A quick, easy final day to session
Gov. Mike Rounds apparently found little to dislike about the product of the 2009 South Dakota Legislature. He issued just three vetoes. That's the least number of vetoes in his seven sessions as governor, and it is one reason the Legislature's f...
Gov. Mike Rounds apparently found little to dislike about the product of the 2009 South Dakota Legislature. He issued just three vetoes.
That's the least number of vetoes in his seven sessions as governor, and it is one reason the Legislature's final day Monday was measured in minutes, not hours. There were no vetoes to fight over, no bold, last-minute ideas to consider, just a requirement that enough House and Senate members show up just long enough to formally convene the final day and then adjourn for another year.
This was a storm-skittish bunch, and I had half a notion that they might postpone their return until after the Monday-Tuesday blizzard. Instead, they got in and got out ahead of the worst of the weather -- except for any lawmakers from the Black Hills area.
Rounds has vetoed as many as 15 bills during his seven years in office, according to Legislative Research Council records. That happened in 2003. Ten of those rejected bills were what are called style and form vetoes, meaning the governor sent a bill back with suggestions for changes that would make it acceptable to him. If legislators agree to the change, which they usually do, the bill becomes law.
The 15 vetoes were in Rounds' first year as governor. The next year he vetoed seven, including three for style and form. He issued seven vetoes in 2007 and 2008, too, along with nine in 2005 and five in 2006.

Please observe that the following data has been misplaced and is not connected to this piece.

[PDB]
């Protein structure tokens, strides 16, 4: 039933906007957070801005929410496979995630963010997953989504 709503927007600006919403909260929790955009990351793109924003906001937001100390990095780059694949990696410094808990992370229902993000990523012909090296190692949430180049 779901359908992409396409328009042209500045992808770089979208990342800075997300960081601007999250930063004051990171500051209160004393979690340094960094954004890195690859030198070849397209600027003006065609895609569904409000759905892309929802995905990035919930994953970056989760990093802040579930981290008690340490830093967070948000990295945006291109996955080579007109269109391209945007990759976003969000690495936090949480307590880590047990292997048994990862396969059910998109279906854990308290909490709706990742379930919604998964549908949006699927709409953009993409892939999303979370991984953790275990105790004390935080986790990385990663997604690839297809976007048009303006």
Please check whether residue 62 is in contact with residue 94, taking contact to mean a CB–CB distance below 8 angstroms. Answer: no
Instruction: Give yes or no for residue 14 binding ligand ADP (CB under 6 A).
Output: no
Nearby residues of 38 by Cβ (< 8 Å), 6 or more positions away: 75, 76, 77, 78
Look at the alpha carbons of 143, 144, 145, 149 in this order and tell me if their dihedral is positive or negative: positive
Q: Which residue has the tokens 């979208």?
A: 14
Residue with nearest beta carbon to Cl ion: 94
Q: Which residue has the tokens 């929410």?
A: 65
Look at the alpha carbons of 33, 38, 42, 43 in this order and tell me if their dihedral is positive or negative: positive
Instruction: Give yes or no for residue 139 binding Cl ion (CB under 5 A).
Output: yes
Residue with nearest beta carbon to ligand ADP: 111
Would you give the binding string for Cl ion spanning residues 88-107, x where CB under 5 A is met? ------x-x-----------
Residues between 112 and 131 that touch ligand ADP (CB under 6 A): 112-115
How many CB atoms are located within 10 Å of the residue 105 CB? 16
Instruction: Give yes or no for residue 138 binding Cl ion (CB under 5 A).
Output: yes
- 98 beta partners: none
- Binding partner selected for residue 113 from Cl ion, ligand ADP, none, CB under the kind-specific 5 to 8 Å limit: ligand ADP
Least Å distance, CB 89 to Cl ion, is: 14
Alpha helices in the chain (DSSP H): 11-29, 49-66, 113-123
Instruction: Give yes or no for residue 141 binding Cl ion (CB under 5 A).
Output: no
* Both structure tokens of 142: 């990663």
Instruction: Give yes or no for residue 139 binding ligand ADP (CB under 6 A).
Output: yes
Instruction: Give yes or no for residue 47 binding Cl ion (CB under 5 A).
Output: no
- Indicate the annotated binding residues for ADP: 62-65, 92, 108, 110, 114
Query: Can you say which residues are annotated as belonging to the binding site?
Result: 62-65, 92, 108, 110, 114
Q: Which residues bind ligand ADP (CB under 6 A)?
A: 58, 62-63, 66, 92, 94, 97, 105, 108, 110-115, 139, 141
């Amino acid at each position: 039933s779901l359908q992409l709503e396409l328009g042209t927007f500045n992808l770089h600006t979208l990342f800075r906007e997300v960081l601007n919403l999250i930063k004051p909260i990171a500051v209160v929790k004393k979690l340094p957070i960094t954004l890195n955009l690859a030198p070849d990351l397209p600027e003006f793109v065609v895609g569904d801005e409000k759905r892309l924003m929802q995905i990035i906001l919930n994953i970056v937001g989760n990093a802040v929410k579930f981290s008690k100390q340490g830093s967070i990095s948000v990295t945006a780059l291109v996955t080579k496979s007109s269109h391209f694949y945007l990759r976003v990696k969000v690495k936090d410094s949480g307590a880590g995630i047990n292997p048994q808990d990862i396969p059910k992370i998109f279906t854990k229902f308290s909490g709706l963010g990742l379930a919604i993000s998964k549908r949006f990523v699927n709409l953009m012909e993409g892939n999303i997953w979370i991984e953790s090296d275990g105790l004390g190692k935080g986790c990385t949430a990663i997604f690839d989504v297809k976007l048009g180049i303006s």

That style and form thing is a form of what students of government call an amendatory veto. South Dakota added the option to the constitution in 1972, but it really wasn't until 1977 that it became practical. That's the year the Legislature -- again according to LRC documents -- began the current practice of saving the final working day of each session until after the governor has acted on all bills.
Before that practice began, any bill that passed late in a session could be vetoed and lawmakers had little recourse but to wait until the next year to try to pass the thing again. The delayed last day gives legislators a final shot at overriding vetoes. It also gives them a last day to consider style and form changes. Without that option, a governor might be forced to simply veto a bill rather than return it with suggestions for the changes that would make it work.
The decision by lawmakers in 1977 to delay the last day resulted in large part from confrontations between Democrat Gov. Dick Kneip and the Republican majority in the Legislature. GOP leaders wanted a way to get a crack at the Democrat governor's vetoes, several of which seemed to come on major bills passed late in session and vetoed after adjournment.
Not so many years ago, an LRC memo on amendatory vetoes said South Dakota was the only state that employed the style and form strategy. Rounds used it once this past session, something about a comma that wasn't supposed to be there.
English majors around the globe surely cheered when legislators agreed with the grammatical catch.